Many talented people and groups are showcased every year at the Wyoming State Winter Fair. Come out for a little entertainment and a little something to eat, see what great products our Wyoming vendors have to share, and spend a day supporting all that is great about winter in Wyoming!
Performers scheduled to appear:
Coop de ville
Coop de ville is a classic rock, blues and outlaw country band from Lander, WY. Jerry Kendall on Harmonica , Penny Lindsey -Vocals , Tom Hudson - Drums - Vocals , Jim Stevenson - Bass - Vocals , Don Cooper - Guitar - Vocals . Coop deville was formed by Richard Bowman (R.I.P.) in the 1990s . we recorded an original song called Traveling Blues @ Yogo Studios in Lander with Producers Rocky Harting ( Full Blown Mosey ) and Ted Brigham. For more on Coop de ville go to www.wyo10.com 1330 country!
Vocalist, guitarist & songwriter, Kerry writes and performs a rare brand of real country music—because she also lives it, having spent many an hour riding and working cattle! With nine nominations by DJ’s to the Academy of Western Artists and the Nashville Josie Music Awards, she has 3 albums charting and getting radio airplay. In her Fremont County home you’ll find her cookin’ up music for her next performance for Cheyenne Frontier Days, or the Black Hills Bluegrass festival.
If you have heard the tune “Under the Wyoming Moon” you can credit bass player Cal Winland for this original composition. A 5th generation Wyomingite, his numerous original writings reflect his Wyoming heritage, life, and love of the way a story can be best expressed in a song.
Steve Gilmore, hard-driving guitarist and vocalist of the Colorado based High Plains Tradition Band, will be joining Kerry and Cal. Steve has played venues from California to Kentucky and Canada to Ireland.
Kerry, Steve, and Cal are excited to perform at the Wyoming State Winter Fair and hope you pull up a chair for a listen.
Drones Over Yellowstone featuring Eva Bath
Drones Over Yellowstone is a three-piece Indie/Folk/Rock band from Riverton, Wyoming. The bands members are Aaron Baldes: Vocals/Guitar, Trav Smith: Vocals/Bass, and Chance Bradbury: Vocals/Drums. DOY has teamed up with Fremont County vocalist Eva Bath for this year’s Wyoming State Winter Fair to present several collaborative original songs along with the bands original music and a plethora of covers spanning many generations.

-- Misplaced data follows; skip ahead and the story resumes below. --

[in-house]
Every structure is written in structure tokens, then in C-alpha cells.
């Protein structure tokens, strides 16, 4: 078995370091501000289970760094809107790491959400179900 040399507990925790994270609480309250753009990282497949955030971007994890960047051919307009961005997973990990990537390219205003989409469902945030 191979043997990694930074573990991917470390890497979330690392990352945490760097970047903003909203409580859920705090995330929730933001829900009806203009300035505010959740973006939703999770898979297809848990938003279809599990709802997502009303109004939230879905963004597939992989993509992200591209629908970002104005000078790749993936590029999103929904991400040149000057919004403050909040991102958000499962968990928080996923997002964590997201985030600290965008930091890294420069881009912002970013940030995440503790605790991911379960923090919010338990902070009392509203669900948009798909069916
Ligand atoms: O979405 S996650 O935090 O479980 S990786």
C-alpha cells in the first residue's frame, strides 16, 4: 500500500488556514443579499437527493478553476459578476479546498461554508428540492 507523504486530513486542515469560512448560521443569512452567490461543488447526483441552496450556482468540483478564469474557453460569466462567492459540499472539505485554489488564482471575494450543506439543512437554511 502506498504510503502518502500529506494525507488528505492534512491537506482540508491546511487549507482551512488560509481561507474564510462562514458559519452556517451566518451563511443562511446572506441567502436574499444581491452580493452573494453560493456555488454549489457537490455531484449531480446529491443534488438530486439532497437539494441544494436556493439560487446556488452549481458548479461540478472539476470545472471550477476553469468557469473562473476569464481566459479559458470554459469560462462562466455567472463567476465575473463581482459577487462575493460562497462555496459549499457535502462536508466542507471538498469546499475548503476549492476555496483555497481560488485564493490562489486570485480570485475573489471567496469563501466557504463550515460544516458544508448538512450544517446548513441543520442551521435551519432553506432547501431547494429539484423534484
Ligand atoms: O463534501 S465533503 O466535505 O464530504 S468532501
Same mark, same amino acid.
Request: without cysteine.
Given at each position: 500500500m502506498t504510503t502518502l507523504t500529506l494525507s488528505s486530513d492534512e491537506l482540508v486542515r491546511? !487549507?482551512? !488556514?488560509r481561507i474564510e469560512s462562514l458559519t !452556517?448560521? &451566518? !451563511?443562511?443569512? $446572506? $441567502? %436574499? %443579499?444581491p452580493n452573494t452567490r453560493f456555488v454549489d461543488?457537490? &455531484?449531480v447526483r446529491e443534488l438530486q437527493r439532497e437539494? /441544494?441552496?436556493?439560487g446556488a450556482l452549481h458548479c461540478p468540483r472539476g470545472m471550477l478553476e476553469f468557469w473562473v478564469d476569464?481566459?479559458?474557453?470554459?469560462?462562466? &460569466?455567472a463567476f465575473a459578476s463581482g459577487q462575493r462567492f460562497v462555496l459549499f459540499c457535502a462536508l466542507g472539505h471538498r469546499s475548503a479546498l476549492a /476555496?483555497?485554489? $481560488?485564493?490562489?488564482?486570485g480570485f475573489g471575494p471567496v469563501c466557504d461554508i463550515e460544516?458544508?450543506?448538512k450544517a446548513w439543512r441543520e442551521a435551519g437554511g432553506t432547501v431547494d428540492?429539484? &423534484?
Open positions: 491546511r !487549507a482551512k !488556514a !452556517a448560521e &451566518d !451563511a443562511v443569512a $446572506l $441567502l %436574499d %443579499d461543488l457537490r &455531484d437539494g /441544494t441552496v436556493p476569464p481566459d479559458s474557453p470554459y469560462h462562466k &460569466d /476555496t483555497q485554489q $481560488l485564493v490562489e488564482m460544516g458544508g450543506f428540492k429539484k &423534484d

Pipes and Drums of the Lander City Fire Department
The LVFD Pipe Ban is a 501 C 3 organization whose mission is to uphold the musical traditions of Scotland by providing high quality music to our community. The Lander Volunteer Fire Department (LVFD) Pipe Band also exists to support our local firefighters, law enforcement officers, and members of the military whenever needed. The means to reach the band’s goals include teaching beginners, performing with local Honor and Color Guards, participating in pipe band competitions, and performing in public and local events in Lander, Fremont County, and beyond. The motivation to carry on this tradition stems from the rich Scottish heritage in Fremont County brought here by Scottish immigrants and sheepherders as well as the strong connection that Pipe and Drum bands have with firefighters, military and law enforcement personnel.
Traditional Native Hoop Dancers
The dancers will illustrate the relationship between people and nature by depicting various plants, animals and birds. The dance requires great coordination and stamina and was traditionally performed by warriors preparing for battle. It is also used in spiritual healing ceremonies and for entertainment purposes. The hoop is considered to be a sacred symbol to many Native American people, and it is believed that the dancers gain spiritual strength as they move through the hoops.
Andy Vasquez - Native American Flutist
Andrew Vasquez is a member of the Apache Tribe of Oklahoma. He has long been known as an accomplished singer and dancer and in fact toured the world with the New York based American Indian Dance Theatre. It was while he was on tour with the group that Vasquez was introduced to the flute. He “made a trade” for a flute and began to fill in as a flutist for rehearsals. He was taken by the instrument and began to develop his own style and, eventually, his own compositions. Although Andrew doesn’t play what are considered traditional compositions, he approaches all of his songs with a well-defined reverence and respect. He considers all flute playing a cultural contribution, be it for ceremonies, harvest, prayer, love songs or even putting children to sleep. Andrew composes all of his own songs and says everything he plays comes from his heart.